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Declassification: Where Are We Today?

by Jim David

February 1997

When President Clinton assumed office, his administration faced the decades-old problem of a growing mountain of classified Executive Branch records and the ineffectiveness of existing laws (including the Freedom of Information Act) to reverse this trend. The need to drastically reduce the literally billions of pages of these records, some of which date back to the 1930s, is clear. Whether it is the fate of our POWs and MIAs from the Korean and Vietnam Wars, Swiss complicity in protecting Nazi Germany's wealth, dangers faced by those living near our nuclear weapons facilities or any number of other important issues, the public has a right to know the considerable relevant information contained in these secret records that no longer merits protection. After an inter-agency task force examined the problem for more than one year, President Clinton signed Executive Order 12958 (E.O. 12958) in April 1995. The new order, designed in part to speed up the declassification of these records, went into effect in October 1995.

As described in detail below, the progress of most agencies in implementing the new order is slow and uneven at best, and in many cases it appears that large numbers of records, especially the most important high-level ones, will still not be reviewed for declassification by the established target dates and thus will remain totally inaccessible to the public. Moreover, there is a related and rapidly growing problem in that large numbers of declassified records are still completely inaccessible to the public and might remain so for many years. The administration and Congress must now seriously consider further changes in the law to ensure that the greatest number of important records are released and that the public has timely access to them. Along these lines, several recommended changes are set forth below.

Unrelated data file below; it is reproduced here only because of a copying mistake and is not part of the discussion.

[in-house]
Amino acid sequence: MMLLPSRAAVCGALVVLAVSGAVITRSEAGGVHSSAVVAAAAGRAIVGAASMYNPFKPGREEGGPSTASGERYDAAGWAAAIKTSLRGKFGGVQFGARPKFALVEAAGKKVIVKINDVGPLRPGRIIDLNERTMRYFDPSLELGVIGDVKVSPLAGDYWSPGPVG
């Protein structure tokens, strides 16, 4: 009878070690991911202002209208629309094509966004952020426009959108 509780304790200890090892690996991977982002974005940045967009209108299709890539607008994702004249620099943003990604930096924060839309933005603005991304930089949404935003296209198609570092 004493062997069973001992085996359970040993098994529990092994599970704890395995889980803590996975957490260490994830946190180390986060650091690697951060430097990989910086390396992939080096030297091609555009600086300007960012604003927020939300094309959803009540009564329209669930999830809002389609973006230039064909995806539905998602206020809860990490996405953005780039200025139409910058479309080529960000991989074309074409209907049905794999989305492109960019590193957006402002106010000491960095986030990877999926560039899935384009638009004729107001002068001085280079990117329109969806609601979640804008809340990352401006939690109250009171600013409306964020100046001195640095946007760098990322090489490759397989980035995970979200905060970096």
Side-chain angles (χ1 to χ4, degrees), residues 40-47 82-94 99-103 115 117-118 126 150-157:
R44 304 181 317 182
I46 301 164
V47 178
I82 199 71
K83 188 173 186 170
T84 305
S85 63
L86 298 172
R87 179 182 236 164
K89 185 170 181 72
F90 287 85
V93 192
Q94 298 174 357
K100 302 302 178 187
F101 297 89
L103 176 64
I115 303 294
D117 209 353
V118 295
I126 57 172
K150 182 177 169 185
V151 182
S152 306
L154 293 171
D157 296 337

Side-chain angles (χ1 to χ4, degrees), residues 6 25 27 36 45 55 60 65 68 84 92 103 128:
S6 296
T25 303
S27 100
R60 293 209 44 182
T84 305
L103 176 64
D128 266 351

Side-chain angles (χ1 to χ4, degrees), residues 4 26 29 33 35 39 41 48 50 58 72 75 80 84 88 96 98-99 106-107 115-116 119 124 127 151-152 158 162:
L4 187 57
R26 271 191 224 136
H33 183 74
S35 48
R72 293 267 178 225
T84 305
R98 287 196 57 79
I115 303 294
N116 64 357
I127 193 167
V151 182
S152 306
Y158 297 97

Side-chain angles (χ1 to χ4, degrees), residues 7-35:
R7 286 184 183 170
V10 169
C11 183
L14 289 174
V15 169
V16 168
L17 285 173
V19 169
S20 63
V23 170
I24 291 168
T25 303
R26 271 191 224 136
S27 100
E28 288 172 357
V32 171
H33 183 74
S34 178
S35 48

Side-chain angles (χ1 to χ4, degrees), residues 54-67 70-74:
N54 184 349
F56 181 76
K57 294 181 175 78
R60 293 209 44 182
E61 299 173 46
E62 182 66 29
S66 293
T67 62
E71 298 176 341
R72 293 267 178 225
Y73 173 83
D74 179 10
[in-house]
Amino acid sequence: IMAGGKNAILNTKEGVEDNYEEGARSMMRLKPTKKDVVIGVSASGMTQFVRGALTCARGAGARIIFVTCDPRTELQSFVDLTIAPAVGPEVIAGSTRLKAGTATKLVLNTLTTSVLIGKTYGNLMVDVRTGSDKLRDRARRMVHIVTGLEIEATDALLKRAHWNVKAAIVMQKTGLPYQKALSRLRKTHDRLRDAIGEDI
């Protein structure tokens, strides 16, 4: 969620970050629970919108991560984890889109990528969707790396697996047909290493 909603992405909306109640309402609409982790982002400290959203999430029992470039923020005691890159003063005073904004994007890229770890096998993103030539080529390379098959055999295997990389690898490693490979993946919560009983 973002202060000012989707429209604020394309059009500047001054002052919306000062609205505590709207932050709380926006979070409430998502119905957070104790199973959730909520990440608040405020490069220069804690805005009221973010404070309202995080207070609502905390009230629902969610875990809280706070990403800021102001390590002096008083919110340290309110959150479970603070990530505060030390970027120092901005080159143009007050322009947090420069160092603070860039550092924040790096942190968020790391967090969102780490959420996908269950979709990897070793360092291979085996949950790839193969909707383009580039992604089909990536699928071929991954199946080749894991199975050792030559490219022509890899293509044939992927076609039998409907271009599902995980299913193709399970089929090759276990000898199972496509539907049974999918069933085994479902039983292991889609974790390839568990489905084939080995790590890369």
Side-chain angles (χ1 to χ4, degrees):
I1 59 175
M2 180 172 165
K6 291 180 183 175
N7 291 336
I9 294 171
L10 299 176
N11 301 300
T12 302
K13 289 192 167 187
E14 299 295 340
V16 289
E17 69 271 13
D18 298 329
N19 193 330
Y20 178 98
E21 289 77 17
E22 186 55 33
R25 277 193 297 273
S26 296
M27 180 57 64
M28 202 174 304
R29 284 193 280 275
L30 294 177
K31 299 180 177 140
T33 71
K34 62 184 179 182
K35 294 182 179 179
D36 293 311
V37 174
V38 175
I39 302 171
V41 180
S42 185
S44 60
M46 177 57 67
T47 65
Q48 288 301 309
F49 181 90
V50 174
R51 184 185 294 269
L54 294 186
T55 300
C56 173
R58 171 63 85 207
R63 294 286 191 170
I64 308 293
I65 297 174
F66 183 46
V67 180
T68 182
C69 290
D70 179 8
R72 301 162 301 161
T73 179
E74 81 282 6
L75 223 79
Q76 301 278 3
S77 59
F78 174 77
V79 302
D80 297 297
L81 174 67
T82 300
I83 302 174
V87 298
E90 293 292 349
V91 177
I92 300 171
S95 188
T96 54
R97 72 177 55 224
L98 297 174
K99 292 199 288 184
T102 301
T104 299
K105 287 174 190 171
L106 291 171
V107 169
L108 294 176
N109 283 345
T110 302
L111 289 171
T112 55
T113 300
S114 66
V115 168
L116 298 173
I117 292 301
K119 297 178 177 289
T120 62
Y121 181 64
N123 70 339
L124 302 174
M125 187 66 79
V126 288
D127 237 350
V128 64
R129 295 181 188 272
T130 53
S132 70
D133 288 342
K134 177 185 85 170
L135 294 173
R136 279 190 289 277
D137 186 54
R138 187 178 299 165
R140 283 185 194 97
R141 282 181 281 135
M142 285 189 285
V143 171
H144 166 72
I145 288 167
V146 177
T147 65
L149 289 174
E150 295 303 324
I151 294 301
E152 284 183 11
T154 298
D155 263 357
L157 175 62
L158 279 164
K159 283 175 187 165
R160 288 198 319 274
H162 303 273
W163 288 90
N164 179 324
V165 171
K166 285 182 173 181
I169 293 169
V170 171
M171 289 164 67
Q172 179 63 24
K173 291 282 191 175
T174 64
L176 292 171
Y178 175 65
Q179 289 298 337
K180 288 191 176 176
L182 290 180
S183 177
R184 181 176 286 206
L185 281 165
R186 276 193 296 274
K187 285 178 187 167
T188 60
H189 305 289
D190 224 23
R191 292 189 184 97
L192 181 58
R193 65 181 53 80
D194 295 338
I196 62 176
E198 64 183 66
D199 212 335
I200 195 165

E.O. 12958 mandates in part that all permanent pre-1975 classified records be automatically declassified by 2000, regardless of whether they have been reviewed or not, unless the agency has applied to the President for an exemption. (Federal law requires that all records be appraised as permanent or temporary. Permanent records are never to be destroyed, while temporary records can be destroyed after varying lengths of time.) Exemptions must be based on a determination that the records contain one or more of eight categories of information (e.g., information that would reveal the identity of a confidential human source or application of intelligence sources or methods; assist in the development or use of nuclear, chemical or biological weapons; or reveal current military war plans). All agencies must establish a systematic declassification review program to review records, including those exempt from automatic declassification, and agencies are required to declassify at least 15% of their non-exempt records annually. Significantly, the new order excludes information concerning nuclear weapons ("Restricted Data" under the Atomic Energy Act of 1954) from its operation, and thus many hundreds of millions of pages of classified records (primarily in Department of Energy and Department of Defense holdings) do not even come within its purview.

How many permanent pre-1975 classified records are there subject to E.O. 12958? As required by the new order, all agencies have submitted proposed implementation plans to the Information Security Oversight Office (ISOO) in the National Archives, and most of these contain estimates on the number of subject records. Although some of the proposed implementation plans are themselves classified and a few agencies inexplicably will not give permission to the public to review even their unclassified plans, the majority are available for examination and they disclose a staggering number. (As a yardstick, there are about 13.2 million pages in one mile of records.) Some holdings are relatively small, such as those of the U.S. Information Agency (13 million pages), State Department (35 million pages), National Aeronautics and Space Administration (12 million pages), and Arms Control and Disarmament Agency (3.2 million pages). Others are huge. The Department of Defense (Office of the Secretary of Defense, Air Force, Army, Marine Corps, Navy, Joint Chiefs of Staff, National Security Agency, Defense Intelligence Agency, etc.) estimates it may have as many as 1.5 billion pages, and the Central Intelligence Agency (CIA) 166 million pages. The Federal Bureau of Investigation (FBI) apparently has not estimated how many records it has subject to the new order, but the figure must total at least several hundred million pages because a 1981 joint National Archives/FBI report stated the FBI held about 750 million pages of both unclassified and classified records. (When considering that government reports disclose that all Executive Branch agencies together reviewed for declassification less than 500 million pages from FY 1980 through FY 1995, one wonders whether the drafters of E.O. 12958 ever realistically thought these billions of pages could be reviewed by 2000.)